This year I signed up for NaNoWriMo: that's National Novel Writing Month. It's taken place each November for the past 14 years. The challenge: to write 50,000 words (about 175 pages) towards a new novel in 30 days time.
I don't generally need incentives to write novels. I've published three, have four more in my files, and am currently in the middle of writing my eighth.* My problem is that I compose new fiction very slowly.
I've written about this before. I am much happier revising than creating from scratch. That's shaping what's already on the page, work that I enjoy.
Getting ideas in my head onto paper is hard. Until I've written it down, an idea is an unformed possibility. It's a series of images that I see taking shape. The act of writing fixes the image in time and space, like a written snapshot. My job is to not only describe each snapshot of my story, but make the story flow from one to the next in a way that makes sense. I can easily spend half an hour thinking of different ways a story might flow, to get from one snapshot to the next, and not have written a single word.
So, this latest novel I've been working on is about half-written. Maybe more, maybe less. I probably have another 50,000 words or so to go. I figure that if I am forced to get 50,000 words down in 30 days towards this novel, I have a good shot at finishing a rough draft before the year's end.
But, it turns out, that finishing a half-written novel doesn't comply with NaNoWriMo's rules. They state pretty clearly: "Start from scratch. None of your own previously written prose can be included in your NaNoWriMo draft."
Fortunately, the good folks at NaNoWriMo have given me a way out. Even if I've already written half my novel, I can still join. I'm just a rebel, in their parlance, and I'm welcome aboard. They even have a section in their Forum just for folks like me.
I'll keep you posted on my progress.
*Little known fact: most writers have written more than they shall ever publish.
"Not to be confused with The Bogeyman, either. He's just a terrible golfer."
From Dante Shepherd's wonderful webcomic Surviving the World.
At the end of one of my first conversations, a man told me no one had ever bothered to ask him what he thought about same-sex marriage. “I’ll need to have a long talk with my wife at the kitchen table tonight.” He thanked me as we said goodbye.
That conversation kept me going as the week wore on. How many more voters needed to really think about the Minnesota constitutional amendment before they voted?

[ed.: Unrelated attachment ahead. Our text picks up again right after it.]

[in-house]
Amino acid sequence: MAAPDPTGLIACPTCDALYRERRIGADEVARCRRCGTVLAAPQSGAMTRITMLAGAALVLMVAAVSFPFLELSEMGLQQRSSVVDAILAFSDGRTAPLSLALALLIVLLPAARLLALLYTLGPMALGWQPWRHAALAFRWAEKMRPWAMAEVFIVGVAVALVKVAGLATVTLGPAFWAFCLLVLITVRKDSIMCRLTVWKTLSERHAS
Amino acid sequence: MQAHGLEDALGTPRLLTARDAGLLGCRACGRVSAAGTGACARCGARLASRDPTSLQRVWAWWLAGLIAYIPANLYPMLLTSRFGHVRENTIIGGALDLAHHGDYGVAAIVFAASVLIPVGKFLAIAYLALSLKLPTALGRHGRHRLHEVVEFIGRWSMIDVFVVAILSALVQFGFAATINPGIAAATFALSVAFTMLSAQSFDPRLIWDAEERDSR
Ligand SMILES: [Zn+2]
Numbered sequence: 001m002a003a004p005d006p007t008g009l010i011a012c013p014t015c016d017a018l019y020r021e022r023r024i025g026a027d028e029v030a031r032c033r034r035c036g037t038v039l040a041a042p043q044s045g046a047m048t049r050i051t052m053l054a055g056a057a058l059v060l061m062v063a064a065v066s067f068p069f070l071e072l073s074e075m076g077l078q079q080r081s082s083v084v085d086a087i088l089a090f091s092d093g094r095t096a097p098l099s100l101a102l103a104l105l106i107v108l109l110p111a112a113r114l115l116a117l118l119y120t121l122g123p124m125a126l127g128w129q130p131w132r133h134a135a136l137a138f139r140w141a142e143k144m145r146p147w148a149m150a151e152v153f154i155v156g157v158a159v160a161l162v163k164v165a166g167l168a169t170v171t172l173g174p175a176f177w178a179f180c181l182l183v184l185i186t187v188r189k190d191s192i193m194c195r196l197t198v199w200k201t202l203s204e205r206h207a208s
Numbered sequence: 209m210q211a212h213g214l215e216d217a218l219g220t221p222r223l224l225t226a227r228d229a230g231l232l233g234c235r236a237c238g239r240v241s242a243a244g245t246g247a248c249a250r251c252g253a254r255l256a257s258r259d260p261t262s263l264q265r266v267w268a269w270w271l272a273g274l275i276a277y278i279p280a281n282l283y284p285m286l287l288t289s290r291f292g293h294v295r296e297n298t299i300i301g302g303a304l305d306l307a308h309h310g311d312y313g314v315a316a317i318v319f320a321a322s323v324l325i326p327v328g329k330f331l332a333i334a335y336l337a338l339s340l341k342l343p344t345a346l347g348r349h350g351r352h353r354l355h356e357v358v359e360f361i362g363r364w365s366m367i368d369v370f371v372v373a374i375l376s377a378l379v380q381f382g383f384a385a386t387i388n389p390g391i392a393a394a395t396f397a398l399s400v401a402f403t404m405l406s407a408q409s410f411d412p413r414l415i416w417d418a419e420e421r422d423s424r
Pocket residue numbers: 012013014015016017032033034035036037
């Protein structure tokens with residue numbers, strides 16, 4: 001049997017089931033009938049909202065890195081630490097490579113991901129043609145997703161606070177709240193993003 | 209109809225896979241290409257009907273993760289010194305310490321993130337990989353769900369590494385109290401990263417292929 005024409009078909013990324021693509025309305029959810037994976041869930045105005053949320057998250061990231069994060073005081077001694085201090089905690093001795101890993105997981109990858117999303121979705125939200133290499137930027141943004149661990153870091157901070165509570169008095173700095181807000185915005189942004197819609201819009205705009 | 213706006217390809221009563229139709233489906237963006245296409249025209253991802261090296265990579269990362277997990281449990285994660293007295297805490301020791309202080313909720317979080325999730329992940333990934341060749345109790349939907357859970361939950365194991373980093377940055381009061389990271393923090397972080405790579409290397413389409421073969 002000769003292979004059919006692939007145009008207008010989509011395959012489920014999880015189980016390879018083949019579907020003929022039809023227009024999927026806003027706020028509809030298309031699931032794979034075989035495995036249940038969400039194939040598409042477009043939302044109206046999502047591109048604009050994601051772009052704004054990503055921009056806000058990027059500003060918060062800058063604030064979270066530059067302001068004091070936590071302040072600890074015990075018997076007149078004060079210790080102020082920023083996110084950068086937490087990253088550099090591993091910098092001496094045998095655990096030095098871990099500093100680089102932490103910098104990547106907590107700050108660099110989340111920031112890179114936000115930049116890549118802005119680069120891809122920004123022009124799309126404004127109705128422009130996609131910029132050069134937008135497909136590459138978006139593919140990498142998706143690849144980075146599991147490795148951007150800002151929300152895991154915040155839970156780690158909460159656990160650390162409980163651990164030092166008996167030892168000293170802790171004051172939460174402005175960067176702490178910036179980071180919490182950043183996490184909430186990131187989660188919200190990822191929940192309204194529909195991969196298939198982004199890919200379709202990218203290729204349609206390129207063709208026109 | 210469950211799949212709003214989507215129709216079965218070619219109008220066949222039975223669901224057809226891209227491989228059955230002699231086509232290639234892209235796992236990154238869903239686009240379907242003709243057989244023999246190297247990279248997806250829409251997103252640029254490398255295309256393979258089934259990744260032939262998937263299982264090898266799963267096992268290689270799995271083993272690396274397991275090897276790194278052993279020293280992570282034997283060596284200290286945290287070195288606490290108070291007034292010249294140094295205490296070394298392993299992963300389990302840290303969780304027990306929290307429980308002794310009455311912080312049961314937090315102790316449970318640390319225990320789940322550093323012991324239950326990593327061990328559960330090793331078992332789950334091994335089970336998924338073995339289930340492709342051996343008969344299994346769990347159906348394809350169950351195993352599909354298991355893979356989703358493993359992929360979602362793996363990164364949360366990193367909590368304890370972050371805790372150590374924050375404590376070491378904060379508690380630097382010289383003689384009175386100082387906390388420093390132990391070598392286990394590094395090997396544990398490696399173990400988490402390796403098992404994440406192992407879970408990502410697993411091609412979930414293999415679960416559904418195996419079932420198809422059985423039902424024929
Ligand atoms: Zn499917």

I'm the first to admit that a lot of calls really never went anywhere. Like the one with the drunk man, who probably won't remember any of what we talked about. Or the one with the farm woman who, when I asked to speak to her husband told me cheerfully: “He’s out there. Somewhere.”
But so many Minnesotans were supportive.
There was the woman whose sister-in-law had convinced her that voting no on banning same-sex marriage was the right thing to do. Though she had gay friends, she did not want them to get married in her church, since it was against its doctrine. “But if their church wants to marry them, what business is it of mine? Shouldn’t they be allowed to be happy?”
There was the man who didn’t approve of gay marriage but was angry that folks were trying to legislate through the constitution. When I asked him if knew anyone who was gay, he told me, "I have sons who hang around a crowd with a lot of gay kids. Nice kids.” We talked for a little longer, and as we wound down to say goodbye, he said, “I don’t know what would happen if my sons were gay. But you know, you do want to love who your kids love.”
There were hateful calls too. The ones where I was told that sinful people won’t go to heaven; that marriage is about procreation, and what I was talking about was unnatural; the ones with palpable dislike and fear of homosexuality.
And then there was the retired pastor.
“I believe in marriage for healthy relationships,” he said.
I paused, unsure about where the conversation was going.
He went on to explain. “The bible tells us that God made man, and that God made woman to keep him company. It doesn’t say anything about getting married. Where does it say that two people who love each other shouldn’t?”
We talked for quite a while. He told me that there are so many falsehoods being spread around.
“People act out of fear," he said. "But you can’t decide things as important as this that way.”
“I wish that there were more people who think like you in this world,” I said.